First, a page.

A southern Vermont town becomes a retail destination for all sorts of jewelry — an art form of universal appeal — from handcrafted original designs to antiques
By Joyce Marcel
Last August, when goldsmith and platinumsmith David Walter opened his elegant retail showroom on Main Street, a concept that had been flying under the radar for a significant amount of time became unavoidable: Brattleboro has become a jewelry hub.
Diamonds may be the town’s best friend, but the quality — and variety — of jewelry in Brattleboro is remarkable. There are diamonds galore, of course, both in contemporary styles and sparkling out of antique estate jewelry. There are precious stones and pearls imported from all over the world and turned into jewelry by experienced Brattleboro jewelers. Then there are unique, handcrafted pieces — works of art — made by local artists.
“There’s a buzz on Brattleboro,” said Suzanne Corsano, co-owner of Gallery in the Woods. “There should be, shouldn’t there? People come in here and say, ‘What’s going on here? What’s this place about?’ I hear a lot of, ‘I’m going to move here.’ And some of the people who live here now are some of those people. And they’re always shopping.”
Customers might live locally, but many drive in from New York and from all over New England. And they don’t fit one easy profile.
“Yesterday, I had a deposit on a ring I have on layaway from a homeless person,” Corsano said. “He’s doing odd jobs and saw this ring in the window, and he had to have it. At first I said, ‘He’s never coming back here.’ And guess what? He did. That’s one level. I have lots of local customers, and then I have collectors.”
Jewelry is wearable art, said Caitlyn Wilkinson, 40, who owns Renaissance Fine Jewelry and the Renaissance Fine Antiques and Gallery, both on Main Street. Wilkinson speaks about the business while wearing a huge tourmaline around her neck, large gold earrings, a 1940s Longines watch encrusted with diamonds, and diamond rings on her fingers. She is not afraid to sparkle.
“I understood the idea of buying one nice thing early in life,” Wilkinson said. “By eighth grade, I told my parents I wanted one nice Christmas gift rather than lots of things.”
Many of Renaissance’s customers live locally, but Brattleboro’s hippie image makes wearing serious bling a determined lifestyle choice.
“Money is not the issue,” Wilkinson said. “It’s people’s comfort level about wearing jewelry. This is an area where you can be the L.L. Bean supermodel but you can be judged heavily if you’re wearing something fancy.”
“It’s a weird reverse discrimination,” she added. “People say, ‘I don’t know if I can wear that.’ I say, ‘Just do it. Be you. Be who you are. And if this is who you are and what you want to wear, then just do it.’ At what point in our lives are we going to be who we are and not fear the judgement of other people?”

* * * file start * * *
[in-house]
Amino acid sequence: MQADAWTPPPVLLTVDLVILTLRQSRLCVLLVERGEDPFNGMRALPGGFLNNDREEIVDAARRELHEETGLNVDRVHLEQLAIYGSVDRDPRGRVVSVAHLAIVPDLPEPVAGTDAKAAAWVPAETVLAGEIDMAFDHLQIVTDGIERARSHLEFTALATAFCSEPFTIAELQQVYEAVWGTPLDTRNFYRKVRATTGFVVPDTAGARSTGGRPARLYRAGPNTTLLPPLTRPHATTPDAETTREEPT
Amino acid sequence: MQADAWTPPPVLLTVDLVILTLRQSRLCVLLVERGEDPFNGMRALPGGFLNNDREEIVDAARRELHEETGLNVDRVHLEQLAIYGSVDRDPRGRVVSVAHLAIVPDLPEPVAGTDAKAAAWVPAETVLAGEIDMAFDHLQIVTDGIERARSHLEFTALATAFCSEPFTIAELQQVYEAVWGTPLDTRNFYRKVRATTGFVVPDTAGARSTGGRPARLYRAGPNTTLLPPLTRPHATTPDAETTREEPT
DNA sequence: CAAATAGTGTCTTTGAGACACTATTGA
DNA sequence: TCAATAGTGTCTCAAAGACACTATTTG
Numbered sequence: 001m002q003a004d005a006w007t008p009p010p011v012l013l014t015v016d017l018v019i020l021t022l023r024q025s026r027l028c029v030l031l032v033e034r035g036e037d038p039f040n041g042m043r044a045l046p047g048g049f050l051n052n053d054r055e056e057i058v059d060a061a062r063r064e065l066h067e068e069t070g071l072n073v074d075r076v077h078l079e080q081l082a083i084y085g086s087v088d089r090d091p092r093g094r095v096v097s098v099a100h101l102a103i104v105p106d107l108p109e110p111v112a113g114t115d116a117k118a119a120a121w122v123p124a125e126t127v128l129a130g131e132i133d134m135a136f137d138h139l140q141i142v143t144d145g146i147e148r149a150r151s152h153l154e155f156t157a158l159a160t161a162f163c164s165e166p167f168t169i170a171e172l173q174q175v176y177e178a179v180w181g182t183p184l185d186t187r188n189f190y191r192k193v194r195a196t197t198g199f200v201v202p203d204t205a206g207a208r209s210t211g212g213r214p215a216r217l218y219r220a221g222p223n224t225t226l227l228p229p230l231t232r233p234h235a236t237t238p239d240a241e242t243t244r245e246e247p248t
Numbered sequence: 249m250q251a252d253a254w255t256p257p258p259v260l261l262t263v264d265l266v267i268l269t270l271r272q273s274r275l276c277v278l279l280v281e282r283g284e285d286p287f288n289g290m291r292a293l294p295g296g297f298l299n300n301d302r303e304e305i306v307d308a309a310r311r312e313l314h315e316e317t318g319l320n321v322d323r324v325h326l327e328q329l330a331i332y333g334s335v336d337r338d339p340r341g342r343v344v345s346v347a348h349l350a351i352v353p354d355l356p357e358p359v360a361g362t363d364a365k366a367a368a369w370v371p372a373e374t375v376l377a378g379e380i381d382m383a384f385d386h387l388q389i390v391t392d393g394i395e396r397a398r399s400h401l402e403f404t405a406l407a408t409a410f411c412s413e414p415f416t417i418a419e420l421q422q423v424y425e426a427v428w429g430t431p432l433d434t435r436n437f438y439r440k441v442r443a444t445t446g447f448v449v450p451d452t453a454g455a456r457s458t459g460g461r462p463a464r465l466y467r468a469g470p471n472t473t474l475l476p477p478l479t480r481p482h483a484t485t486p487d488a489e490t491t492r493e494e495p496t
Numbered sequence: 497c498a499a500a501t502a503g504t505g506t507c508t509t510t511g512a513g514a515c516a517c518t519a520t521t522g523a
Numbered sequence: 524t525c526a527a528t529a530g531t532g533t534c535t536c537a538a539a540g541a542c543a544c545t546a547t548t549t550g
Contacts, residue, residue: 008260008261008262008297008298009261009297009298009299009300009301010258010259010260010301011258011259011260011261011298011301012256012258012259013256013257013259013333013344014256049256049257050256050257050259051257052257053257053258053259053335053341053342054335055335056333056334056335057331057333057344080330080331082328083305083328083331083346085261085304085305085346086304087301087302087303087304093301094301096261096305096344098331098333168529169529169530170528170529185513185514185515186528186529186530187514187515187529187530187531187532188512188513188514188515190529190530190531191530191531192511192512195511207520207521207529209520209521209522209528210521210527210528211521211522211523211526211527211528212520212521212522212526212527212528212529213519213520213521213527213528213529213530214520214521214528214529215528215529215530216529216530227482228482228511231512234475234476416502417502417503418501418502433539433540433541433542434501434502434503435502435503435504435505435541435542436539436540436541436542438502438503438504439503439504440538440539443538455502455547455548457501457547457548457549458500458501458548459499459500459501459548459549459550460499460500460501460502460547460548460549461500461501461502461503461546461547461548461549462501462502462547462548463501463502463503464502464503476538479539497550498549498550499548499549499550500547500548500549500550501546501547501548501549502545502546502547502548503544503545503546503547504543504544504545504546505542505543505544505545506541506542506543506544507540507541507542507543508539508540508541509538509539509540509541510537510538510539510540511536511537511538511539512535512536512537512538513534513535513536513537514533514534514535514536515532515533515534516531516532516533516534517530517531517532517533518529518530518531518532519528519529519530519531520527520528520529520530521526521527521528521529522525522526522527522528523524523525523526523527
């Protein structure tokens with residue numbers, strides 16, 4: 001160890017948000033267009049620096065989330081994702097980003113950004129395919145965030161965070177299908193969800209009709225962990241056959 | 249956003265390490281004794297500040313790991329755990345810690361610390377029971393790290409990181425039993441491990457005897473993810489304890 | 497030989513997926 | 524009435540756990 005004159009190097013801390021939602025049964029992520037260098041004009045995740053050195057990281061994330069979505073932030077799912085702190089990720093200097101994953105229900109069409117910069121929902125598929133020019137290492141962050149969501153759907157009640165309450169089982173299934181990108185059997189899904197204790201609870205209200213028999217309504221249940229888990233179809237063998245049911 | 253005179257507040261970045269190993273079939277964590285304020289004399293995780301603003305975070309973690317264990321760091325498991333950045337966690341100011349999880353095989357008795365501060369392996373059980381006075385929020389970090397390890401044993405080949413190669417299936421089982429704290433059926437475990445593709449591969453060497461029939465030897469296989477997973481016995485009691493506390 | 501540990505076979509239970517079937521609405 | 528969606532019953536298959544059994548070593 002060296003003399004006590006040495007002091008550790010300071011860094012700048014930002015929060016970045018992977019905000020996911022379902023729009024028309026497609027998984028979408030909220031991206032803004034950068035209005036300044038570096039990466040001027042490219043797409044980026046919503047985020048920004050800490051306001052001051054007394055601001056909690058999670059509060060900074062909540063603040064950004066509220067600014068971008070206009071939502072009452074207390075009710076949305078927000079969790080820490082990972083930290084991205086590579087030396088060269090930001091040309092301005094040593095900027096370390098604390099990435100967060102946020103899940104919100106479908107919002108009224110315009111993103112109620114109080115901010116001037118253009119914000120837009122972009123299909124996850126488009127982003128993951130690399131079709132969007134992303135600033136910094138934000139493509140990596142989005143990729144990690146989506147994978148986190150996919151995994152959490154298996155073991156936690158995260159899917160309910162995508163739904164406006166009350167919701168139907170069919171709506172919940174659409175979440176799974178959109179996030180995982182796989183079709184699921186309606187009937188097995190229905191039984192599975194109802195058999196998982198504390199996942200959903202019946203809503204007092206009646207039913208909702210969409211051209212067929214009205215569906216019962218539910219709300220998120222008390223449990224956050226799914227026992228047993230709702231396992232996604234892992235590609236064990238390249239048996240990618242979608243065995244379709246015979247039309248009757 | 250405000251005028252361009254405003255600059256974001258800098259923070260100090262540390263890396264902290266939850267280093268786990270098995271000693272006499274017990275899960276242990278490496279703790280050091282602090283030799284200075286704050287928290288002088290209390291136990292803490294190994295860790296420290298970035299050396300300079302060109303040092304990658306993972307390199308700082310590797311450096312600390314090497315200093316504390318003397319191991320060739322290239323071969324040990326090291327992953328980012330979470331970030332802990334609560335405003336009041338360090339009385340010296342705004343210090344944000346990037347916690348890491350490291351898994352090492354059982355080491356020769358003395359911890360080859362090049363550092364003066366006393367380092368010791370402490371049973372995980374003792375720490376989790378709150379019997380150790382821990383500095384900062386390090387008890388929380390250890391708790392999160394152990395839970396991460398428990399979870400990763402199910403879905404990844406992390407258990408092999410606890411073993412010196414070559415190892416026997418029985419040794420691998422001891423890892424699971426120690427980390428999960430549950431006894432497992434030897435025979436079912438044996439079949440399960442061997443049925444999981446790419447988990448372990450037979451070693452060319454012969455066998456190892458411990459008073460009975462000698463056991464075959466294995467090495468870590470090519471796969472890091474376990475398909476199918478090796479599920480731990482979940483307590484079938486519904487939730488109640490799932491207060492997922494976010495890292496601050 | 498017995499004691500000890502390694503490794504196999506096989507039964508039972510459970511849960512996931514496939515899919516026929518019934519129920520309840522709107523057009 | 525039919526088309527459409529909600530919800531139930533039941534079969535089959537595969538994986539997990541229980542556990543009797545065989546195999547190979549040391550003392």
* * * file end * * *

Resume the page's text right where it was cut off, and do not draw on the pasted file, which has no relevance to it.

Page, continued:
“There’s the incredible satisfaction of the day you put a ring on the finger of a customer and their face lights up,” Wilkinson said. “And every time they look at it, it makes them smile. It’s cheap therapy.”
Maybe, but sometimes it’s expensive therapy.
“If it’s well made, it last a long time,” Wilkinson said. “There’s that frugal Vermont nature. I grew up where you valued everything you had. You didn’t leave it to rust in the yard.”
She’s still that way.
“Quality jewelry is something solid,” Wilkinson continued. “It’s a transfer of money. It’s something that has liquid value. Throughout history, there have been times when a country’s money has become worthless, and jewelry was all the people had.”
“Over and over, I have sat with people who have told me stories about how the only thing they left their country with was their jewelry — their gold, their silver,” she said.
A destination market is born
Brattleboro’s jeweler’s critical mass was formed in part by cross-pollination.
The jewelers know one another, they work with one another, and they work for one another. Galleries show their work. Apprentices come to learn their craft, then stay and open shops of their own. Each jeweler cultivates collectors and buyers. Different styles of jewelry attract different collectors and aficionados, and boom! A destination market is born.
The first jewelry artist who took to Brattleboro might be Bob Borter, who came in 1984 and still has a workshop and retail store here. A small, gentle, funny man with a long braid and a stunning long crystal around his neck, he has gone from making contemporary, well-engineered, polished, futuristic gold and silver jewelry to working with raw crystals, obsidian, turquoise, black coral, mastodon tusk, silver, Vermont smoky quartz, black tourmaline, opals, raw ebony, peridot, and fossilized ivory walrus tusks that come from glaciers. His current work looks as if the Iron Age had used the Internet.